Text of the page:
Underground: Marsupial Outlaws and Other Rebels of Australia’s War in Vietnam

Mirranda Burton

Underground: Marsupial Outlaws and Other Rebels of Australia's War in Vietnam
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Underground: Marsupial Outlaws and Other Rebels of Australia’s War in Vietnam

Mirranda Burton

Why would a wombat be registered for war?


It’s 1965, and an old Tattersalls barrel starts rolling marbles to randomly conscript young Australian men to fight in the war in Vietnam. Melbourne housewife Jean McLean is outraged, as are her artist friends Clif and Marlene Pugh, who live in the country with their wombat, Hooper.

Determined to wreck the system, Jean forms the Save Our Sons movement’s Victorian branch, and she and her supporters take to the streets to protest. Meanwhile, in the small country town of Katunga, Bill Cantwell joins the Australian Army, and in Saigon, young Mai Ho is writing letters to South Vietnamese soldiers from her school desk. And when Hooper’s call-up papers arrive, he mysteriously goes underground…

As these stories intersect in unexpected ways and destinies entwine, a new world gradually emerges - a world in which bridges of understanding make more sense than war. This stunning graphic novel, full of empathy, courage and resistance, is based on true events.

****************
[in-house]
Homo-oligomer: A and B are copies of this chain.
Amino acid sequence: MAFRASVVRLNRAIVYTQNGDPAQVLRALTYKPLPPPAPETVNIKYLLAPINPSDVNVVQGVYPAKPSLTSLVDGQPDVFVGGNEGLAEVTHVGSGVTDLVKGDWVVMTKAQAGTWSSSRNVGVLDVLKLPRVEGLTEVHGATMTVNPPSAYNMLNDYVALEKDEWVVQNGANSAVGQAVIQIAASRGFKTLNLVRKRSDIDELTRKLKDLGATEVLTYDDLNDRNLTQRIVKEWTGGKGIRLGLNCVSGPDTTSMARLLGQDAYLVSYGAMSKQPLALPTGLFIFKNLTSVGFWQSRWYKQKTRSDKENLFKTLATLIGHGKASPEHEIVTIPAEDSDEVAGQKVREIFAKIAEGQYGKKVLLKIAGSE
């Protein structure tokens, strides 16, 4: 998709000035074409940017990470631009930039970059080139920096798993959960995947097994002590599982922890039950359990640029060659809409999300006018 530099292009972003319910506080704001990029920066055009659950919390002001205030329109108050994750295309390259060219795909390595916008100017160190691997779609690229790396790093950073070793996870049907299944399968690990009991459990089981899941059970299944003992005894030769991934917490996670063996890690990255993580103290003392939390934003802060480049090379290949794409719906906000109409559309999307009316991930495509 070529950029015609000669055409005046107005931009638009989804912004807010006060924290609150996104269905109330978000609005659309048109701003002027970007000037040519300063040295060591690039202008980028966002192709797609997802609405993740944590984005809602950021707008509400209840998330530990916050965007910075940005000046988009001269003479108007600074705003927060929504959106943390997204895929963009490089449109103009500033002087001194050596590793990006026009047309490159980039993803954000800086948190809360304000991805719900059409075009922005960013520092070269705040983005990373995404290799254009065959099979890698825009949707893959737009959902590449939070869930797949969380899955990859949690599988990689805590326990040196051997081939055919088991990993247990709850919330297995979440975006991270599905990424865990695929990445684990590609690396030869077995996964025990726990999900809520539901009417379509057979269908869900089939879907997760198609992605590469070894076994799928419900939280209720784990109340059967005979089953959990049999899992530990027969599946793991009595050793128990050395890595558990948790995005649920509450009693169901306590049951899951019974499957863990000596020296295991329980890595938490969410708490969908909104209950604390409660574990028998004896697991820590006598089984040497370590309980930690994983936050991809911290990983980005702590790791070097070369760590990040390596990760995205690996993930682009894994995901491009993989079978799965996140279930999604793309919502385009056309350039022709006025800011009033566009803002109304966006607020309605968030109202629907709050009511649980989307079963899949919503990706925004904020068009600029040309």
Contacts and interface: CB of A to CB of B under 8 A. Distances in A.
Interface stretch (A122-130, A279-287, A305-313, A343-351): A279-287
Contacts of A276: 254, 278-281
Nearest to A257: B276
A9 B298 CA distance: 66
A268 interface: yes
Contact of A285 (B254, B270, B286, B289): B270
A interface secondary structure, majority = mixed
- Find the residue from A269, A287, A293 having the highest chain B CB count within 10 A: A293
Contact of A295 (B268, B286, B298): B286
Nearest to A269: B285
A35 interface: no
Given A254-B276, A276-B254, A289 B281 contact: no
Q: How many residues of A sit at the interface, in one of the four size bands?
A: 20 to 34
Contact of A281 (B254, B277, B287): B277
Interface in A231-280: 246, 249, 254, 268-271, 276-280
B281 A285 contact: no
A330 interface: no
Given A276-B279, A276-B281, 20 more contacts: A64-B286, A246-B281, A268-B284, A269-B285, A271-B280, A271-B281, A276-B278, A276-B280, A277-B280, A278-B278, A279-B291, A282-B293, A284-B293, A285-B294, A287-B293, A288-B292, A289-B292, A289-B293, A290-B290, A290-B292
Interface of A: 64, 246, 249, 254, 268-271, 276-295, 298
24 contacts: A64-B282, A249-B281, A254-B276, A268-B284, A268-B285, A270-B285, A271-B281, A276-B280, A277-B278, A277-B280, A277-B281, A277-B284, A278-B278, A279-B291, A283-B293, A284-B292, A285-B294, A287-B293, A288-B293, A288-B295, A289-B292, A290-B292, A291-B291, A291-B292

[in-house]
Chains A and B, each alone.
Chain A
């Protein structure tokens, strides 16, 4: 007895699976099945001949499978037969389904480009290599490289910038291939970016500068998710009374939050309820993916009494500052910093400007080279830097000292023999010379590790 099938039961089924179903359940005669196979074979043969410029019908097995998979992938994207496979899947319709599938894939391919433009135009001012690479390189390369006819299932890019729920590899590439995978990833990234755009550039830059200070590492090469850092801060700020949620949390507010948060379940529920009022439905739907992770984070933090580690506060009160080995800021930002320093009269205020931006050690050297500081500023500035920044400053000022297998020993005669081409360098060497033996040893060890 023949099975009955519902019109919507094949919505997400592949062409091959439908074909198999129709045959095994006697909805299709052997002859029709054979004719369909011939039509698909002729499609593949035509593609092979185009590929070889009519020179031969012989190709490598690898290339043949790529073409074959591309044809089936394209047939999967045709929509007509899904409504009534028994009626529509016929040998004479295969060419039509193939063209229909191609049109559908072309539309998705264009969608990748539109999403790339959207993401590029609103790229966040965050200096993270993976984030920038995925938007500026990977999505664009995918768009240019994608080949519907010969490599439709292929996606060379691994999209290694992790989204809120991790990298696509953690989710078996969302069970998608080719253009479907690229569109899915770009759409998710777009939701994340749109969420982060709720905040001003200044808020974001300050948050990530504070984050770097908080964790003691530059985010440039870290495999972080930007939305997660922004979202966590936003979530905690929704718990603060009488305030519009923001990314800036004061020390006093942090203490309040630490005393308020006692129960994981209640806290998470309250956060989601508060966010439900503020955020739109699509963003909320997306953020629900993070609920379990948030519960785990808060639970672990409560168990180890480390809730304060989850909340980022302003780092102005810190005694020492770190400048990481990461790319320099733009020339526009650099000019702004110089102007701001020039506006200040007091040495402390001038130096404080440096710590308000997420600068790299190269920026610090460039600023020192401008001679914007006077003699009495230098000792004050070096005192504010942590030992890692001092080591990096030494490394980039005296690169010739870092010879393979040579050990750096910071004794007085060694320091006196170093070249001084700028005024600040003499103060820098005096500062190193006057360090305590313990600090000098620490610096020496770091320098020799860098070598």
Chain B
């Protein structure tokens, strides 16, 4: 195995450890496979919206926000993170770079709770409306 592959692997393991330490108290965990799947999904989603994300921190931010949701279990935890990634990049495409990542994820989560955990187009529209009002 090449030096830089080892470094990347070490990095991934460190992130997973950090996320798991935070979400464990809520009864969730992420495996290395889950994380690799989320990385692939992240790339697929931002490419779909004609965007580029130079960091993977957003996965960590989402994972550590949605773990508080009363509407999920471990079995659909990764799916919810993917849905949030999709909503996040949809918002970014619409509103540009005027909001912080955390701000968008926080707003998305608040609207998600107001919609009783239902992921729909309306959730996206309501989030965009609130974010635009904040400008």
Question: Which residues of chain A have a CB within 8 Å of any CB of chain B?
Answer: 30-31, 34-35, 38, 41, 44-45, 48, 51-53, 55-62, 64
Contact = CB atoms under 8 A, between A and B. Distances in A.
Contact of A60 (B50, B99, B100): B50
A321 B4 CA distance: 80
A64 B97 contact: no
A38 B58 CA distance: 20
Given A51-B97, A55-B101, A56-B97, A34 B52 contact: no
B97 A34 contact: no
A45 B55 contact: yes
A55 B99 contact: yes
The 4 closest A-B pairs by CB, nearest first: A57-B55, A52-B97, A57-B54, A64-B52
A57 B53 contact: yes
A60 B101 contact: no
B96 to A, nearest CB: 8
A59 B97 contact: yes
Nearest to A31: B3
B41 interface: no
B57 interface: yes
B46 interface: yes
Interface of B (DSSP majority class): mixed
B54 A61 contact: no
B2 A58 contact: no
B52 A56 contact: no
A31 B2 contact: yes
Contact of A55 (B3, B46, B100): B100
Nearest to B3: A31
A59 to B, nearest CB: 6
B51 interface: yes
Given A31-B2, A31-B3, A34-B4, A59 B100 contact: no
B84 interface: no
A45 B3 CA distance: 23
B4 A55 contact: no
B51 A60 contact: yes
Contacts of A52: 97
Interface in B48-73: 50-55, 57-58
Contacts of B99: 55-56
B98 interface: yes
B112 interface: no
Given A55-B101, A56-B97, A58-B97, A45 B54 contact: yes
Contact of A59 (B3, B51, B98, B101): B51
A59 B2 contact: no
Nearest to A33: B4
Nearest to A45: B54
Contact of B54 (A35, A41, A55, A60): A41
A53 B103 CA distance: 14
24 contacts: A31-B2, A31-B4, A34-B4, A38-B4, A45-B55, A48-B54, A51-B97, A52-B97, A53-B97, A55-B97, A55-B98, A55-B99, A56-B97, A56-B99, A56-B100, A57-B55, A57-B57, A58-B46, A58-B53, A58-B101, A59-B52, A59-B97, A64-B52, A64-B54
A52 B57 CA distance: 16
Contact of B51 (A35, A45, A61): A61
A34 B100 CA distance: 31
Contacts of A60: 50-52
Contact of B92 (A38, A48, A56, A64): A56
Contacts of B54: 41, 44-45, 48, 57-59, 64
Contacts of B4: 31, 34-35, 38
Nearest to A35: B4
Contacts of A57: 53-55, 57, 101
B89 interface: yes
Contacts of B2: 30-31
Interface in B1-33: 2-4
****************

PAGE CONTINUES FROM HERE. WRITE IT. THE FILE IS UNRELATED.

Review

It’s the 1960s, and the Australian government has begun conscripting young men to fight in Vietnam. Melbourne housewife Jean McLean and her friends, the Pughs, are determined to protest the draft, and begin the Save Our Sons movement. Meanwhile, teenager Bill Cantwell signs up for the army after his family’s rural orchard is sold off. And in Saigon, a young girl named Mai Ho asks her father to help her understand: why is her homeland at war in the first place?

Mirranda Burton’s new graphic novel tells these intertwining stories – all of them based on real people – with deep empathy and painstakingly thorough research. Much of the book stems from interviews she conducted with veterans, anti-war activists and refugees. She presents their stories in bold and energetic cartoons, interspersed with darkly dramatic full-page scratchboard illustrations. Fans of Shaun Tan’s The Arrival or Art Spiegelman’s Maus will find many rich thematic and visual comparisons to be made. This is a moving account not only of the anti-war effort in Australia, but also of the lasting effect of the Vietnam War on Australia’s social, cultural and political history.

The tone is often serious – this is, after all, a story about war – but between sadder scenes there are many moments of endearing and irreverent humour. In my favourite, two confused police officers listen to a long and detailed description of a missing draft-dodger; they leave in disgust when they discover they’ve been sent to chase down a pet wombat. In another, a veteran praises the medic who saved his life with an emergency tracheotomy: ‘A pretty gutsy move for a fridge salesman.’

Underground will appeal to anyone with an interest in social activism or Australian history. If you’ve ever felt hesitant to try a graphic novel, this beautifully crafted book is a welcoming and rewarding place to begin.


Ele Jenkins is a bookseller at Readings Carlton.

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